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Provoking a response

June 17, 2012
By STEPHEN HUBA - Hancock County Reporter ( , The Review

EAST LIVERPOOL - Craig Wetzel's place is hard to find - and it's probably just as well. He's an artist, after all, and artists are supposed to be hard to figure out. If the artist's ways are inscrutable, why should getting to his house be any easier?

When Wetzel gets visitors, he usually has to "talk them in" on their cell phone and take them down the brick alley behind his house. He hasn't used the street out front in years.

And so it is with art - the obvious way is often the least rewarding.

Article Photos

Local artist Craig Wetzel paints at his easel in his East Liverpool studio. (Photo by Stephen Huba)

"For me, a painting is only interesting if there is something left unspoken," Wetzel said. "Ambiguity, mystery, insinuation - it doesn't matter, as long as it doesn't convey an obvious conclusion. I want people to see a painting and think, or wonder."

Wetzel, 47, has been provoking a response from people with his art for decades now. A 1982 graduate of Beaver Local High School, he started to get serious about his art around 1985. For years, he played the part of the struggling artist. It's only been more recently that he's been able to make a living from his art.

"I definitely would not recommend it as a career choice," he said in a recent interview. "For those years, it's been nothing but a struggle. My wife has been my enabler for a good many years."

Locally, Wetzel is known for his public murals at places such as Nentwick Convalescent Home and the Lou Holtz Upper Ohio Valley Hall of Fame, but they're far outnumbered by his private commissions. Wetzel figures he's done more than 100 private commissions - everything from large murals to small portraits.

"I have no interest in grand vistas, pretty scenes, barns, blue skies and covered bridges," he said, "and, in spite of my love for the outdoors, I don't care to paint nature without some human element, however small it is, for it is the human element which interests me the most."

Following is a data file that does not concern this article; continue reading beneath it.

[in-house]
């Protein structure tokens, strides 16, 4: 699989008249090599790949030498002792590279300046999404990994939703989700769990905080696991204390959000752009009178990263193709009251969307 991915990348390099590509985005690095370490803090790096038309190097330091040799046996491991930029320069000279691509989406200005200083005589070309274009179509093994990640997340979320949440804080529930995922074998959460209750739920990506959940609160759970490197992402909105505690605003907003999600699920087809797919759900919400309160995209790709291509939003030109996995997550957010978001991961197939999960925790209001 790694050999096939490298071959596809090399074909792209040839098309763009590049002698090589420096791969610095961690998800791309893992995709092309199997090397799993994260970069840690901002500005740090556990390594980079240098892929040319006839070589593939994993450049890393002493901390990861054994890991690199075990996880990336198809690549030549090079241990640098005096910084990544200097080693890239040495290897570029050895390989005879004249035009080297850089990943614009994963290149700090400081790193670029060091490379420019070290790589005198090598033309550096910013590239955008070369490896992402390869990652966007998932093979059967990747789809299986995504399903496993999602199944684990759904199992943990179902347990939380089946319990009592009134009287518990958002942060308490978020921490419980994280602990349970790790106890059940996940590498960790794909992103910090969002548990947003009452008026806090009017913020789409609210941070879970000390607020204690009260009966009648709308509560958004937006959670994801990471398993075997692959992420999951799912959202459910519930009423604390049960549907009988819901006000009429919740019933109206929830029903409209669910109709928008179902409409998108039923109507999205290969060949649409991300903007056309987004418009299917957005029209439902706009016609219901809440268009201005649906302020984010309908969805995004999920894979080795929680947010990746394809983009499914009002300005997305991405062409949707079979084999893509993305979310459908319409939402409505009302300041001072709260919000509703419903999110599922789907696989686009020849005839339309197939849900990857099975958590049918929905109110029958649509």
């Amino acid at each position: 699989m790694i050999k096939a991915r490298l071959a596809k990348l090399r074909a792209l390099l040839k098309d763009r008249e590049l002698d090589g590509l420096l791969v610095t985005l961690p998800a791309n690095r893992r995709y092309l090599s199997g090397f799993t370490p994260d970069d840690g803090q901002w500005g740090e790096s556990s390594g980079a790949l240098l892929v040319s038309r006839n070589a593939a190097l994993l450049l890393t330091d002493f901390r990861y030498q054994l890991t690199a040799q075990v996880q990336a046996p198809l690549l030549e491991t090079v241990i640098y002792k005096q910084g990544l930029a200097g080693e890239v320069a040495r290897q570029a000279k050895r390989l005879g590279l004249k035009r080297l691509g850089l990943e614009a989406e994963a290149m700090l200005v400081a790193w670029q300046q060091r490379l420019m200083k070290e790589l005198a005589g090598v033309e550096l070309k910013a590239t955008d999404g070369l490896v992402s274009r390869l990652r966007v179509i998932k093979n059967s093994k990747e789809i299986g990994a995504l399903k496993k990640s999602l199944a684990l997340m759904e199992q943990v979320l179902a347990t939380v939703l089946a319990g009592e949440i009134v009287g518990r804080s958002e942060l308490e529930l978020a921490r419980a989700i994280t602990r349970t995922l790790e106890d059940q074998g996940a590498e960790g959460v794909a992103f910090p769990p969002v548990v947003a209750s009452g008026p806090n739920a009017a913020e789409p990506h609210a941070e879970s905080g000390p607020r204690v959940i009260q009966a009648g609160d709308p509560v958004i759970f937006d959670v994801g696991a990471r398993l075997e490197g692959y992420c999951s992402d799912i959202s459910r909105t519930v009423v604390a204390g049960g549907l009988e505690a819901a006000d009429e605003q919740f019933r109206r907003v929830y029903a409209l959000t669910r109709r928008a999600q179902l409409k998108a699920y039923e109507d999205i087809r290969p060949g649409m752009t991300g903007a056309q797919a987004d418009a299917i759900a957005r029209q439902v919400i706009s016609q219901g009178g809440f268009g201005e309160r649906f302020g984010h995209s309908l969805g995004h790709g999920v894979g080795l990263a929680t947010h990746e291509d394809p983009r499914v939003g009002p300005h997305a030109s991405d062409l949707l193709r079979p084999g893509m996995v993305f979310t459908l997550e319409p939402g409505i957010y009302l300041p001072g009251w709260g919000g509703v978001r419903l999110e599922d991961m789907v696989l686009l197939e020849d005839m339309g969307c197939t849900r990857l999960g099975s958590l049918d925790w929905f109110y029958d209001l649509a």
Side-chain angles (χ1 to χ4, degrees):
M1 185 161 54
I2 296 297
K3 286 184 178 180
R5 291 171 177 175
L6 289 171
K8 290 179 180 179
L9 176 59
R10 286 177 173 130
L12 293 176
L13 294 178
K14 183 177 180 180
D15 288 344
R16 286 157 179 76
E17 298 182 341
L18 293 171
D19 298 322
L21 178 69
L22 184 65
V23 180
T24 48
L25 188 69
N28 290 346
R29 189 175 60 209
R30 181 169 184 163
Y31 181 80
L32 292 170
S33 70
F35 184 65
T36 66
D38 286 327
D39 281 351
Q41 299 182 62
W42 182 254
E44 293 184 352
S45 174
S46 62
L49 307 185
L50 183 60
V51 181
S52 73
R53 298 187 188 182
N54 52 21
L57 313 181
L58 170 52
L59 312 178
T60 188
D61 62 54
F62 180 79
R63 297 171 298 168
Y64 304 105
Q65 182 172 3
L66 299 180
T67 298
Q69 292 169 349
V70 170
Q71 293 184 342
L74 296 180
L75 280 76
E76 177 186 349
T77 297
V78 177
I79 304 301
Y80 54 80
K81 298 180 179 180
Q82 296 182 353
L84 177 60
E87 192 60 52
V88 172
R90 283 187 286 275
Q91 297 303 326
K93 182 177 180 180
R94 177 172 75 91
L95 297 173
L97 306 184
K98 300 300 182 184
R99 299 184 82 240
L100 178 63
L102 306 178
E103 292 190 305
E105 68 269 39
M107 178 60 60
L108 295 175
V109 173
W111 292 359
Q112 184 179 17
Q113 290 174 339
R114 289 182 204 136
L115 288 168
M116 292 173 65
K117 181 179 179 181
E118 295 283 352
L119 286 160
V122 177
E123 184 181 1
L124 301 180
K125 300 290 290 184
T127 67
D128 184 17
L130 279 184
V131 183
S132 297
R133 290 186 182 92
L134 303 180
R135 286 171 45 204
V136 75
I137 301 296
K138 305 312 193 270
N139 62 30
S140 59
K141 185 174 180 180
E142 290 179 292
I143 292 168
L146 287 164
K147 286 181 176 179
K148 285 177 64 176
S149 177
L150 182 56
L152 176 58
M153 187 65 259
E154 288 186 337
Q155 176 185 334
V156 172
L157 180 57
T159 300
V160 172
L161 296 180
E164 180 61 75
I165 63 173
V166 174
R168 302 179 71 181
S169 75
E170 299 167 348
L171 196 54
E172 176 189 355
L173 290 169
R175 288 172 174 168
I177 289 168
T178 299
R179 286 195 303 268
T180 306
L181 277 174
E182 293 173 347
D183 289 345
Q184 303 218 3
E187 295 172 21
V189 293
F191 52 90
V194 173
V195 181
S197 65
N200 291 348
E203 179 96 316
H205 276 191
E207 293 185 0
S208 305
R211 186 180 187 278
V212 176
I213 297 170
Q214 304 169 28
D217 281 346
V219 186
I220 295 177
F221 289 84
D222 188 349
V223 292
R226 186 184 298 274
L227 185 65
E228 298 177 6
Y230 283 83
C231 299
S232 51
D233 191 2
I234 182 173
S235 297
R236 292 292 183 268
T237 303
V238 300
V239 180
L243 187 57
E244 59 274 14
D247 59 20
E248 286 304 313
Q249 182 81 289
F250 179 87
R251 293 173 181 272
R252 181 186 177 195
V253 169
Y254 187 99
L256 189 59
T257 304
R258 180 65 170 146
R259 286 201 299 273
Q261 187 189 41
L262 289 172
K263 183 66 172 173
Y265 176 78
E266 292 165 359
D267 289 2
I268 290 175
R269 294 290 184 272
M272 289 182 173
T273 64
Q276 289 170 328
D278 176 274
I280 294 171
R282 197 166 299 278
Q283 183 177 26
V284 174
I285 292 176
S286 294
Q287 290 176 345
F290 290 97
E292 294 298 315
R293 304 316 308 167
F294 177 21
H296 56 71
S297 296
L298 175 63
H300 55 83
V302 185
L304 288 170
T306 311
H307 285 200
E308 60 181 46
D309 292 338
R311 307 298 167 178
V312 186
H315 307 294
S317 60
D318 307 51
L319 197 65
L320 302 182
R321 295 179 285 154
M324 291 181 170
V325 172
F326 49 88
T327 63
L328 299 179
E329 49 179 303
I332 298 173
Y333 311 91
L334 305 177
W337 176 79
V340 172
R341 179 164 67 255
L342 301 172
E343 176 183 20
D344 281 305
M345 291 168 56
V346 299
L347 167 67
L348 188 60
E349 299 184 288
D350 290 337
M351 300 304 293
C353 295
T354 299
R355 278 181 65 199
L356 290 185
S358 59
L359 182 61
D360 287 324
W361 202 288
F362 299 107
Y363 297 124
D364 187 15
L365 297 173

Wetzel was 5 when he began to realize he had an aptitude for art. "I could always draw well. It was mostly a fun thing to do," he said. "Then comes the day when you realize it's something you can make a future out of."

Despite his career aspirations, Wetzel received no formal training in the arts. He's self-taught, and his media of choice are egg tempera, watercolor and pencil. Egg tempera, he said, is his "soul mate."

According to his Web site,, egg tempera is paint made from pigment, water and egg yolk. It dries quickly and achieves its unique effect from the artist applying layer after layer. Wetzel usually paints on a surface known as medium density fiberboard.

"For me, painting is a slow, deliberate, painstaking process, and the more thought, planning and sketching I do before beginning the painting, the better it turns out," he said. "Egg tempera is perfect for an artist that works as I do. Simply put, it is not a medium for impatient people, unless they're also masochistic."

Wetzel works in a small studio behind his house. In it is a large wooden easel, a mirror, a table for his pigments and a work space for doodling. Many of his paintings are studies on the idiosyncrasies of local architecture and local landscapes. He's also taken to sketching maps, both real and imagined, in pencil and which are featured on the Web site

When he's not painting, Wetzel teaches classes at local colleges in the "Fundamentals of Painting," "Egg Tempera" and "Drawing."

Because he's so busy with commissions, one thing he's not been able to do as much is show his art in galleries. However, a show at the Mary Patterson Building of Kent State East Liverpool last October featured about 30 of his works.



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